Figure 1: Focus on inclusive schools in Europe – Erasmus+, Resource Sheet Empathy and the “Pygmalion” effect: the positive influence of a positive regard for the Other, Core of the module: D.

      Conceptual model of the Pygmalion effect

      Conceptual model of the Pygmalion effect

      Figure 2: Trouilloud and Sarrazin, p. 94, Revue Française de Pédagogie, n° 145, October-November-December 2003.

      The role of cognitive biases in self-fulfilling prophecies

      The role of cognitive biases in self-fulfilling prophecies“Teachers are responsible for intellectually and emotionally stimulating their students. While positive expectations (perceptions) stimulate students, negative expectations may inhibit them. (Papantuono et al., 2019, p. 86).

      According to Jussim, even precise expectations can create self-fulfilling prophecies and perceptual biases, because these expectations are always partially imprecise. By cognitive bias, we mean a thought mechanism that causes an impairment of judgement; it is a deceptive and deceptively logical thought pattern. This form of thinking allows the individual to pass judgment or make a decision quickly. Cognitive biases influence our choices. We can identify three biases that influence the judgment of teachers:

      • Perceptual bias

      The teacher can use his expectations as interpretative filters, likely to lead to distortions of reality “when he perceives, interprets and evaluates the actions of a student” (Trouilloud and Sarrazin, 2003, p. 101).

      • Confirmation bias

      Teachers may interpret the academic results of students with high expectations as being more positive than similar results of students with low expectations. “Accordingly, teachers might more often praise students for whom they have higher expectations, whereas negative performance feedback might be more frequent for lower-expectancy students, independent of the students actual achievements. (Gentrup et al., 2020, p. 3).

      • Group specific bias

      Studies have shown that inaccuracy in teacher expectations does not occur randomly but occurs systematically for different groups of students – “for example, negative bias in teacher expectations has been found for students from socially disadvantaged families, for ethnic minority students, for boys and girls in gender-untypical domains, as well as for students with special educational needs or learning disability statuses” (p. 2).

      As Trouilloud and Sarrazin (2003) observe, teachers base their expectations mainly on relevant cues:

      • Student's past performance,
      • Scores obtained on standardized tests,
      • Motivation, effort
      • attitude in class...
      • and, to a lesser extent, on much less reliable indicators:
      • Student's Gender,
      • Physical more or less attractive,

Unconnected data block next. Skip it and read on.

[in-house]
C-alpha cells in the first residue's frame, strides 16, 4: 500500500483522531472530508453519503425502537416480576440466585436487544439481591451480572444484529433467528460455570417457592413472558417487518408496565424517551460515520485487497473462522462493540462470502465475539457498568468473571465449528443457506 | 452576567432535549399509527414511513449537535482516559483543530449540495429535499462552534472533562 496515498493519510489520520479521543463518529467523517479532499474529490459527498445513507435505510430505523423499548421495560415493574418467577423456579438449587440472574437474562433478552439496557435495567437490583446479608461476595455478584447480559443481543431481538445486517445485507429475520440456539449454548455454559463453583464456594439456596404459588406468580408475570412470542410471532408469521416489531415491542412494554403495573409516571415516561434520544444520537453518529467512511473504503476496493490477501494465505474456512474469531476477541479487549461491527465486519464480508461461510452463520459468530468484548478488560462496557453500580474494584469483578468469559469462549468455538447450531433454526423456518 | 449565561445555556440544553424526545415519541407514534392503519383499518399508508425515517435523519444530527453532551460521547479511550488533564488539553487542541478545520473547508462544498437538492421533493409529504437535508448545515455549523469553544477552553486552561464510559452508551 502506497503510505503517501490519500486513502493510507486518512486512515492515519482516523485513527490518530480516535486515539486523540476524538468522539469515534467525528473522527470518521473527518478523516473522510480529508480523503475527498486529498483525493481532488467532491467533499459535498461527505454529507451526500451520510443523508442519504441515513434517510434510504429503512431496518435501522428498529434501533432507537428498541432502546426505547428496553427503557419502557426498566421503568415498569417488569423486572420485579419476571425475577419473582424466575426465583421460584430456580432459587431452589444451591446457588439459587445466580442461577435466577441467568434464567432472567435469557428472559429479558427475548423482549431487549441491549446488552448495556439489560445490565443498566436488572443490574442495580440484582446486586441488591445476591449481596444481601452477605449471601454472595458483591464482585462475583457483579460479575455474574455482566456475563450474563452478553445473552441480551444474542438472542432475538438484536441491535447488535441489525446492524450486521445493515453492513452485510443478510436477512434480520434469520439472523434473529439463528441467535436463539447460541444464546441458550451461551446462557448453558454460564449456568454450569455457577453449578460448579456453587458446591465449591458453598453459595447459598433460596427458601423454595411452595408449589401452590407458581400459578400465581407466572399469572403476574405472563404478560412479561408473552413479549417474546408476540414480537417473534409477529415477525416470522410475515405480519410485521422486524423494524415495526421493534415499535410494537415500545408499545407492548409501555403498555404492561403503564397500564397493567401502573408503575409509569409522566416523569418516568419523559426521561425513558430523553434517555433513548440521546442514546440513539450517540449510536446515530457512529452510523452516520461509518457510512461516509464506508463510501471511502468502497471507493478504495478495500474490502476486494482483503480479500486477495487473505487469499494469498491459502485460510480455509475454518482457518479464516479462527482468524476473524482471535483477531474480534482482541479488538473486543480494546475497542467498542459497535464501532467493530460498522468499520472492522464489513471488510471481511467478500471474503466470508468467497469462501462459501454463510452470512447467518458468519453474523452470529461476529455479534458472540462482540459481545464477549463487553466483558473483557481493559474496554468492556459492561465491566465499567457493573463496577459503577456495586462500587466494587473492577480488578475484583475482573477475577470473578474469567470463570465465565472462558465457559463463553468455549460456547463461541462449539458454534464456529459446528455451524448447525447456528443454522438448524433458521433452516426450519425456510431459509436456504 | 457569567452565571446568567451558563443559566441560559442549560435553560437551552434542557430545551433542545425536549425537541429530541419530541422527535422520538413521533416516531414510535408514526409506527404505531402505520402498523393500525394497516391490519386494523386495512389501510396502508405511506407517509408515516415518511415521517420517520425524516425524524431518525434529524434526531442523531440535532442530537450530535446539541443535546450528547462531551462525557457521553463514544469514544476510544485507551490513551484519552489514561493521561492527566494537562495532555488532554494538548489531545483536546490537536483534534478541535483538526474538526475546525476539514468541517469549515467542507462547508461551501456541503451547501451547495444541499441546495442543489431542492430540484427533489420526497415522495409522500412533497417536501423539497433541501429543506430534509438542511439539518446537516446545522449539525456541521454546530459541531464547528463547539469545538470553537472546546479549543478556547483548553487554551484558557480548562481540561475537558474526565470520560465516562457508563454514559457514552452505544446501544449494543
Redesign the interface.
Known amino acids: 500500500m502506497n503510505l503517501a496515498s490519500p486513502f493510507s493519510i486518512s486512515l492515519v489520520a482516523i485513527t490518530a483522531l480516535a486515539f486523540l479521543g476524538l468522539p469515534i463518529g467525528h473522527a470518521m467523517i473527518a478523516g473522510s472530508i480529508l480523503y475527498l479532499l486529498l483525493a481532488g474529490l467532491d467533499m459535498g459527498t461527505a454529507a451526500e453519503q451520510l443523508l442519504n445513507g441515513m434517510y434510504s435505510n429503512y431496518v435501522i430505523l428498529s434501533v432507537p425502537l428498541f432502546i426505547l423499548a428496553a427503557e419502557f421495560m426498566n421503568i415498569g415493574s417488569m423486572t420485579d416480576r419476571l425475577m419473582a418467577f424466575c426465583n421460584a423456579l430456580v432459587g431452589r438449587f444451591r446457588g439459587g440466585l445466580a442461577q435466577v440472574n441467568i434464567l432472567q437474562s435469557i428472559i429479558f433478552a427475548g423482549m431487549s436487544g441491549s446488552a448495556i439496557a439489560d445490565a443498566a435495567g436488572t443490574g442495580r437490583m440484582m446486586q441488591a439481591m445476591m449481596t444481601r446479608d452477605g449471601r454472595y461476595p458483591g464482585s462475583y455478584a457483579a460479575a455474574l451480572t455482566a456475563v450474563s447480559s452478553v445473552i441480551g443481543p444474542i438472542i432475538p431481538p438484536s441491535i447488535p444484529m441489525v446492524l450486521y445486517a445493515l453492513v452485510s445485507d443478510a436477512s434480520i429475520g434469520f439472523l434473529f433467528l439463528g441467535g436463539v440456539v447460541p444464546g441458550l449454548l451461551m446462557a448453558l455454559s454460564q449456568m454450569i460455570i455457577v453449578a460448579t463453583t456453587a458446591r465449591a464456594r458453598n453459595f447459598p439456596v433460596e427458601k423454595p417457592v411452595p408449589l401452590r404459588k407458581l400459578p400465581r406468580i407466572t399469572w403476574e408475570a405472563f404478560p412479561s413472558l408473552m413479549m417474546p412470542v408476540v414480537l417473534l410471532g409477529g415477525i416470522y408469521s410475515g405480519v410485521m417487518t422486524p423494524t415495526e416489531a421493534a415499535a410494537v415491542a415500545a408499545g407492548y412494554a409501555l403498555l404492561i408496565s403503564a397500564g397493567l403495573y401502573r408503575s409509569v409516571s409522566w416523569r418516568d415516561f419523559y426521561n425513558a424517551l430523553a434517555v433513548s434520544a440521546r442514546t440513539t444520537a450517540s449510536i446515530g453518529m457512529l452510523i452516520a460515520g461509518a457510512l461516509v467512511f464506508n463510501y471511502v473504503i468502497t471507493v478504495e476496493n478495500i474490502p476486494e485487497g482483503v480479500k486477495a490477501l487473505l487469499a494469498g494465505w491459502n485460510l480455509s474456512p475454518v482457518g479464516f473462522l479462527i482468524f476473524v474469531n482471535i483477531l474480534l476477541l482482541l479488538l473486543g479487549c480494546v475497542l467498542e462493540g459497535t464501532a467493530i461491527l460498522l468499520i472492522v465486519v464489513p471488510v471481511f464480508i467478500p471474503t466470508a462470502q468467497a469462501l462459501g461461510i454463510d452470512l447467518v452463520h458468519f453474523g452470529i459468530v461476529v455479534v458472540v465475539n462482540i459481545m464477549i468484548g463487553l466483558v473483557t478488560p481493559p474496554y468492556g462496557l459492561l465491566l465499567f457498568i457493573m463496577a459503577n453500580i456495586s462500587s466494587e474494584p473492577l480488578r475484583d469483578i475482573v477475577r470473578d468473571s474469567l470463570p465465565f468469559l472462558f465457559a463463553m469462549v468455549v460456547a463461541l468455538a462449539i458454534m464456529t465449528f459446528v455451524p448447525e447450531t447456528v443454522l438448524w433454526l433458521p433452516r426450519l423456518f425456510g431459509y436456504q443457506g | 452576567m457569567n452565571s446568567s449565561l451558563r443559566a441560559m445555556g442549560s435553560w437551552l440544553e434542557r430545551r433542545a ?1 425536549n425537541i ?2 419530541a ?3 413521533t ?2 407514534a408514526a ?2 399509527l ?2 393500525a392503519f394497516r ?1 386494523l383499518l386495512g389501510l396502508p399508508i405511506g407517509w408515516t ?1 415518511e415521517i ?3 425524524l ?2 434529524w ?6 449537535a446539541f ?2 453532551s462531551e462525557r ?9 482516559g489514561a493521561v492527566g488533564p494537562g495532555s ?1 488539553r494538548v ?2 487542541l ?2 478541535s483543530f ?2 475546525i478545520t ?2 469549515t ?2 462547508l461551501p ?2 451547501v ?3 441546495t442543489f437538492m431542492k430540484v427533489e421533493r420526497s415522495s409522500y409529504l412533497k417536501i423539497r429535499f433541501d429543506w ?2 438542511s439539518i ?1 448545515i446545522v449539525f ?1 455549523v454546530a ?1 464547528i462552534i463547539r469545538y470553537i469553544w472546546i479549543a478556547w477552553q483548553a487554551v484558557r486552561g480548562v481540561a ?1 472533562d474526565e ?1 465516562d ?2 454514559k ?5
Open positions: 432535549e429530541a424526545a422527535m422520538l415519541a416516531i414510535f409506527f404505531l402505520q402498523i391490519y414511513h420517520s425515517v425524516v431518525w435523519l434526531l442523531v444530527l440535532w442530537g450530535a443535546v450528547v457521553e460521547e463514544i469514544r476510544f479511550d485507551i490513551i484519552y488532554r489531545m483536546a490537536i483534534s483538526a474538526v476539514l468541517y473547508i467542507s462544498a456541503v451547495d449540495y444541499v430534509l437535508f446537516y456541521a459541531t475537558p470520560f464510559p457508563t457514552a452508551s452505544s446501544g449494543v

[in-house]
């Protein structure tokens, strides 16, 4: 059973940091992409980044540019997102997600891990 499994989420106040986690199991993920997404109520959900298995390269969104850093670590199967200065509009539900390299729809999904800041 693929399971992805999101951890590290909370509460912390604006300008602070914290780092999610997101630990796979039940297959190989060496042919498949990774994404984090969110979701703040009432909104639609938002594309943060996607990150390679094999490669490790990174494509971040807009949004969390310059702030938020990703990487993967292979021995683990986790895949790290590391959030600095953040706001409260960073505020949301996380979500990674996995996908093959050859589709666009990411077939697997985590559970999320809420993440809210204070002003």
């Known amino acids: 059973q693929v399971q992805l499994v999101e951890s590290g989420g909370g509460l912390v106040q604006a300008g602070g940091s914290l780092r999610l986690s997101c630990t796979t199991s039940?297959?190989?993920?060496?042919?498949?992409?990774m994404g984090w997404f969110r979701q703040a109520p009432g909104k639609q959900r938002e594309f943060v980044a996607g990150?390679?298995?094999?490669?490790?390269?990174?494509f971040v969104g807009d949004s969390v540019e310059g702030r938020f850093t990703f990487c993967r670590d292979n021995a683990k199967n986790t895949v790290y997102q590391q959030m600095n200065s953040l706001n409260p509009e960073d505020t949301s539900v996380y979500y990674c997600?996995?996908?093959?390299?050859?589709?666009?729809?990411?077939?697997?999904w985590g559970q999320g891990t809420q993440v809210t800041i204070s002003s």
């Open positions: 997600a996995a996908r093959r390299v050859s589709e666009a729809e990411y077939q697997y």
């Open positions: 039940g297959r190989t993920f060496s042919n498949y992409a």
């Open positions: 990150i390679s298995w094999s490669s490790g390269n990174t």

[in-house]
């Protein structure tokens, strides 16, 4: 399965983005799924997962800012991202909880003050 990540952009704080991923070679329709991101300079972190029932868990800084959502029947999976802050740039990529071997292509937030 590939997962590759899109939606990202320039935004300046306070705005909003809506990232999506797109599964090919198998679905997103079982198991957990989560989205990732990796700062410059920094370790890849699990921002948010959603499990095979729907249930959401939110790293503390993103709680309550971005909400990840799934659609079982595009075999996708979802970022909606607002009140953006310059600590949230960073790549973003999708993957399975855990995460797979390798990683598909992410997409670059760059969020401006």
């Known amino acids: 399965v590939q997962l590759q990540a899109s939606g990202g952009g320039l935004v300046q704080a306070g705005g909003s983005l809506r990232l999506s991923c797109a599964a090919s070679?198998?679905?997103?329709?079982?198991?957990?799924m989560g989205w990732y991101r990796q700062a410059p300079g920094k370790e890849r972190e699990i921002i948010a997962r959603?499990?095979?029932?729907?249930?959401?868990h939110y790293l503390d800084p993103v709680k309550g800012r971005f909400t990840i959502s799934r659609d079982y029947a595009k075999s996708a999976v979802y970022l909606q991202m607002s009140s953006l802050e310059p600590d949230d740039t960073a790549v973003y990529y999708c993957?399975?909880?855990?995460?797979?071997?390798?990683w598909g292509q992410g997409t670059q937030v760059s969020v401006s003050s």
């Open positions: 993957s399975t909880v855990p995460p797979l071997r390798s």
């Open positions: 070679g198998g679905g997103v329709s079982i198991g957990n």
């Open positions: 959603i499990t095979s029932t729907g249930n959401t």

• Ethnic or social origin...

      Teacher expectations

      Teacher expectationsTeachers' expectations influence the academic success of students, whether it is:

      • Objectively, when these expectations change the actual behavior of students
      • Subjectively when teachers' perceptual biases influence their assessments of students.

      These self-fulfilling prophecies can have an impact on the student's way of perceiving himself, his academic performance, his motivation (including intrinsic motivation), his confidence and his self-esteem.

      In the end, it is not always the expectations in themselves that influence student performance but rather the specific behaviors of teachers engendered by these expectations.

      Be that as it may, Trouilloud and Sarrazin (2003) show that additional research on the relationships between positive and negative expectations on the one hand, and subsequent student performance on the other hand would be greatly needed to complete this panorama further. very incomplete.

      Resisting self-fulfilling prophecies

      Madon, Jussim and others have shown that even when teachers behave differently towards their students on the basis of their expectations, these expectations are not necessarily realized: "students can prevent expectations from becoming self-fulfilling in their resisting or acting against them, so as to encourage the teacher to modify his original expectations” (quoted by Trouilloud and Sarrazin, 2003, p. 113).

      Previously, even before any action of resistance, it seems important that the student notices and becomes aware of the presence of a particular treatment inflicted on the students by the teacher. Otherwise, it will not confirm the teacher's expectations. “Thus, the motivational chain linking judgment to performance could depend on the pupils' perception of the differential treatment to which they are subject in class. (Bressoux, 2003, p. 12).

      Parents and self-fulfilling prophecies

      The Pygmalion effect denounced by Rosenthal and Jacobson is not limited to the classroom. “It is not a question here of considering that the behavior of the parents is beyond reproach, but that they do what they think is best for their child according to the information at their disposal, the conceptions of the world and the situation. education they have forged during their lives. (Berlioz-Ruffiot, 2007, p. 160).

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      A team of more than
      50 trainers in France
      and abroad

      of our students satisfied with
      their training year at LACT *

      International partnerships

      The quality certification was issued under
      the following category of actions: Training action